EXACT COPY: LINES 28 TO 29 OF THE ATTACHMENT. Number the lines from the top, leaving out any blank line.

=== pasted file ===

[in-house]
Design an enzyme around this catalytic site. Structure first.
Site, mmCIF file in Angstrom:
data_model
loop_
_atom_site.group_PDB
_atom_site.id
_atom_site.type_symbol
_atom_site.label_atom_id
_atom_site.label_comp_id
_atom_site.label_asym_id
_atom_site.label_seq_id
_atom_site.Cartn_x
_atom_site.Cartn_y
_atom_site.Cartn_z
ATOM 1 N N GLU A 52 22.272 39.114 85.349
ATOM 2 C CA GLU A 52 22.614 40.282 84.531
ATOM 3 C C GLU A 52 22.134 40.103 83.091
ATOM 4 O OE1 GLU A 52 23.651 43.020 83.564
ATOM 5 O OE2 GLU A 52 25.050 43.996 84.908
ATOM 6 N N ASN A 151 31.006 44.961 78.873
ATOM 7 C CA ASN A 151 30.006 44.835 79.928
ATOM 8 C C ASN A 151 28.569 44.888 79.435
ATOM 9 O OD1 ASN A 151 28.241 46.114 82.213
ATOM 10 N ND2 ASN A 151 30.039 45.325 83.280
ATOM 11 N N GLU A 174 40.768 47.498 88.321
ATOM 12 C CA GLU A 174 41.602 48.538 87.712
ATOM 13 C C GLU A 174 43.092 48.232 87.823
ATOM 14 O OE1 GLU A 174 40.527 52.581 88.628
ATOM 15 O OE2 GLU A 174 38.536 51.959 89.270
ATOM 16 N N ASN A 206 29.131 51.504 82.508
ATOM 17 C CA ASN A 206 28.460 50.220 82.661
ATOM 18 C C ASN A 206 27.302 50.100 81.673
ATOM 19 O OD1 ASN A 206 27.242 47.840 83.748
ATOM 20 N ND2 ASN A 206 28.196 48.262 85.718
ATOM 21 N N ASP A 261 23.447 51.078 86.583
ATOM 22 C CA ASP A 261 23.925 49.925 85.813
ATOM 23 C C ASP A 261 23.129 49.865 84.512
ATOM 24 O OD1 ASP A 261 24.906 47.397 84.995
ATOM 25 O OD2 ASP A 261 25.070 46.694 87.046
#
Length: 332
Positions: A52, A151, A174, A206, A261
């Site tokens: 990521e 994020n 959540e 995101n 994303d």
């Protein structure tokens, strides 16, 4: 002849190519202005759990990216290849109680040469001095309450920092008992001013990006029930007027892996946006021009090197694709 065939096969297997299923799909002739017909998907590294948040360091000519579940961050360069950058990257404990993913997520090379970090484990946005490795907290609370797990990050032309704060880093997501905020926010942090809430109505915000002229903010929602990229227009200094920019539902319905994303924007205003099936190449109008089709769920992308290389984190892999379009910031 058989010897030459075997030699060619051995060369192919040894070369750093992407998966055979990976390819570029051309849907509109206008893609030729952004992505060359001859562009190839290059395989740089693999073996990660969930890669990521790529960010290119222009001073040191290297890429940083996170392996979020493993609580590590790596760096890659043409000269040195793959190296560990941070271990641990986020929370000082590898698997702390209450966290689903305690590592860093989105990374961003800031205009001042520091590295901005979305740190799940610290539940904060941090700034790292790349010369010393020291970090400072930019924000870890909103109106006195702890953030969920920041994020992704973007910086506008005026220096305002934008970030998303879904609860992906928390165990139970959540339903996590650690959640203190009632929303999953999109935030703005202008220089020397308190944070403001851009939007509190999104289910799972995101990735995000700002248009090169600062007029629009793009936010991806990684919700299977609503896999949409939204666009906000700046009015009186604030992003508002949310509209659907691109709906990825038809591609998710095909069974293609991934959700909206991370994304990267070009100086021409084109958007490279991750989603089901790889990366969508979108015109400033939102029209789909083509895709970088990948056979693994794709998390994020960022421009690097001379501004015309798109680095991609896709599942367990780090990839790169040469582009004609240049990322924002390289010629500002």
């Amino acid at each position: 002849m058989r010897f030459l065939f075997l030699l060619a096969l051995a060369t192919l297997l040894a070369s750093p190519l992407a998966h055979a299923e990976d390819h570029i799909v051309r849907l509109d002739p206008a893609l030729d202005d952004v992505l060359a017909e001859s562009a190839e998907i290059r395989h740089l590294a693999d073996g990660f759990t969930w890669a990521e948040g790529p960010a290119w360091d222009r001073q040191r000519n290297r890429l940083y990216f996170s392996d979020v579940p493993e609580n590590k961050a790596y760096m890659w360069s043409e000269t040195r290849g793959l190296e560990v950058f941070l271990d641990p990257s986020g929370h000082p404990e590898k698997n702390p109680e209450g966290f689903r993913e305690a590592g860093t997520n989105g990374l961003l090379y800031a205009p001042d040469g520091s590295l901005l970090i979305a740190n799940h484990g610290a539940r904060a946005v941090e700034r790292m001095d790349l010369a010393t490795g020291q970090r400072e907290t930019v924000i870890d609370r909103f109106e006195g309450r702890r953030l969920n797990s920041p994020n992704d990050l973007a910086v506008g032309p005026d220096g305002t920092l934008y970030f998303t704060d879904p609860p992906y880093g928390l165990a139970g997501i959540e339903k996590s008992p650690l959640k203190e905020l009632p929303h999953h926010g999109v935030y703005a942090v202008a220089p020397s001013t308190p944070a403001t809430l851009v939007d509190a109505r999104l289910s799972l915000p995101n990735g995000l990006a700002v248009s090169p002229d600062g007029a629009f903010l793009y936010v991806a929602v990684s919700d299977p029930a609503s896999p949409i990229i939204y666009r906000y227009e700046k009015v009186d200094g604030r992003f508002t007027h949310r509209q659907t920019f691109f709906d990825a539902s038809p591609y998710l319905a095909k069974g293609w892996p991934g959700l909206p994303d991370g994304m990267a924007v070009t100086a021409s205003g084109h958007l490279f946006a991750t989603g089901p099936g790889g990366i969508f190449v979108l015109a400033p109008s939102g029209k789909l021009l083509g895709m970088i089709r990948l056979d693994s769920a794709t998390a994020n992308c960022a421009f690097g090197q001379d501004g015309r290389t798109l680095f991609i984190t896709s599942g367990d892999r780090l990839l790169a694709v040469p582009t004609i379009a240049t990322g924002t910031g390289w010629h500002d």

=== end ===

ATOM 13 C C GLU A 174 43.092 48.232 87.823
ATOM 14 O OE1 GLU A 174 40.527 52.581 88.628